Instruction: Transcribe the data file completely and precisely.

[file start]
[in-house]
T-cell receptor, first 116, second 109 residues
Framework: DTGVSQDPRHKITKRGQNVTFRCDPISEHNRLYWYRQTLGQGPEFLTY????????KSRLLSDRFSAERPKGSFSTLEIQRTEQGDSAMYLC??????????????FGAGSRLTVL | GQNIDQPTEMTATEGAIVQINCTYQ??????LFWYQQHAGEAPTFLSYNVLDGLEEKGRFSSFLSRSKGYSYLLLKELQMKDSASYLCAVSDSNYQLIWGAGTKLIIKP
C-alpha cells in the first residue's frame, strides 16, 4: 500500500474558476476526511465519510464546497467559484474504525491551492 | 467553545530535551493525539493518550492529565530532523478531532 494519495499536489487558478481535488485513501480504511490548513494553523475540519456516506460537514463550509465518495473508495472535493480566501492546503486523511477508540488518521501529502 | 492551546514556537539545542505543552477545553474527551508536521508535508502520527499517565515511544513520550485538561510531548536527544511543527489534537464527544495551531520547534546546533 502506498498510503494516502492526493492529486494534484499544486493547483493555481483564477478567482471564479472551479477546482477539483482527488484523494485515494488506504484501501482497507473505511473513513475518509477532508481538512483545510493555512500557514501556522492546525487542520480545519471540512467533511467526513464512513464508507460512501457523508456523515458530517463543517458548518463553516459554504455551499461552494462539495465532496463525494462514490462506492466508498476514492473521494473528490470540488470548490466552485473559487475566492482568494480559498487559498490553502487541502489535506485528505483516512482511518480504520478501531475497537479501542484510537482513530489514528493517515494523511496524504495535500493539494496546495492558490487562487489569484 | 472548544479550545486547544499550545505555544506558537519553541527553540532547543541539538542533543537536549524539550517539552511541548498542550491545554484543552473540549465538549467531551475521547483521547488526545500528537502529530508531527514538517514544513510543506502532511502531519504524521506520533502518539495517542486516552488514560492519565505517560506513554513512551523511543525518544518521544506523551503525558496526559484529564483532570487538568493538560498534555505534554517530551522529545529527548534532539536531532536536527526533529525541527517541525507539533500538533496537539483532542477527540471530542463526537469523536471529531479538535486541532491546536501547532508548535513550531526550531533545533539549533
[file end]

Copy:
[in-house]
T-cell receptor, first 116, second 109 residues
Framework: DTGVSQDPRHKITKRGQNVTFRCDPISEHNRLYWYRQTLGQGPEFLTY????????KSRLLSDRFSAERPKGSFSTLEIQRTEQGDSAMYLC??????????????FGAGSRLTVL | GQNIDQPTEMTATEGAIVQINCTYQ??????LFWYQQHAGEAPTFLSYNVLDGLEEKGRFSSFLSRSKGYSYLLLKELQMKDSASYLCAVSDSNYQLIWGAGTKLIIKP
C-alpha cells in the first residue's frame, strides 16, 4: 500500500474558476476526511465519510464546497467559484474504525491551492 | 467553545530535551493525539493518550492529565530532523478531532 494519495499536489487558478481535488485513501480504511490548513494553523475540519456516506460537514463550509465518495473508495472535493480566501492546503486523511477508540488518521501529502 | 492551546514556537539545542505543552477545553474527551508536521508535508502520527499517565515511544513520550485538561510531548536527544511543527489534537464527544495551531520547534546546533 502506498498510503494516502492526493492529486494534484499544486493547483493555481483564477478567482471564479472551479477546482477539483482527488484523494485515494488506504484501501482497507473505511473513513475518509477532508481538512483545510493555512500557514501556522492546525487542520480545519471540512467533511467526513464512513464508507460512501457523508456523515458530517463543517458548518463553516459554504455551499461552494462539495465532496463525494462514490462506492466508498476514492473521494473528490470540488470548490466552485473559487475566492482568494480559498487559498490553502487541502489535506485528505483516512482511518480504520478501531475497537479501542484510537482513530489514528493517515494523511496524504495535500493539494496546495492558490487562487489569484 | 472548544479550545486547544499550545505555544506558537519553541527553540532547543541539538542533543537536549524539550517539552511541548498542550491545554484543552473540549465538549467531551475521547483521547488526545500528537502529530508531527514538517514544513510543506502532511502531519504524521506520533502518539495517542486516552488514560492519565505517560506513554513512551523511543525518544518521544506523551503525558496526559484529564483532570487538568493538560498534555505534554517530551522529545529527548534532539536531532536536527526533529525541527517541525507539533500538533496537539483532542477527540471530542463526537469523536471529531479538535486541532491546536501547532508548535513550531526550531533545533539549533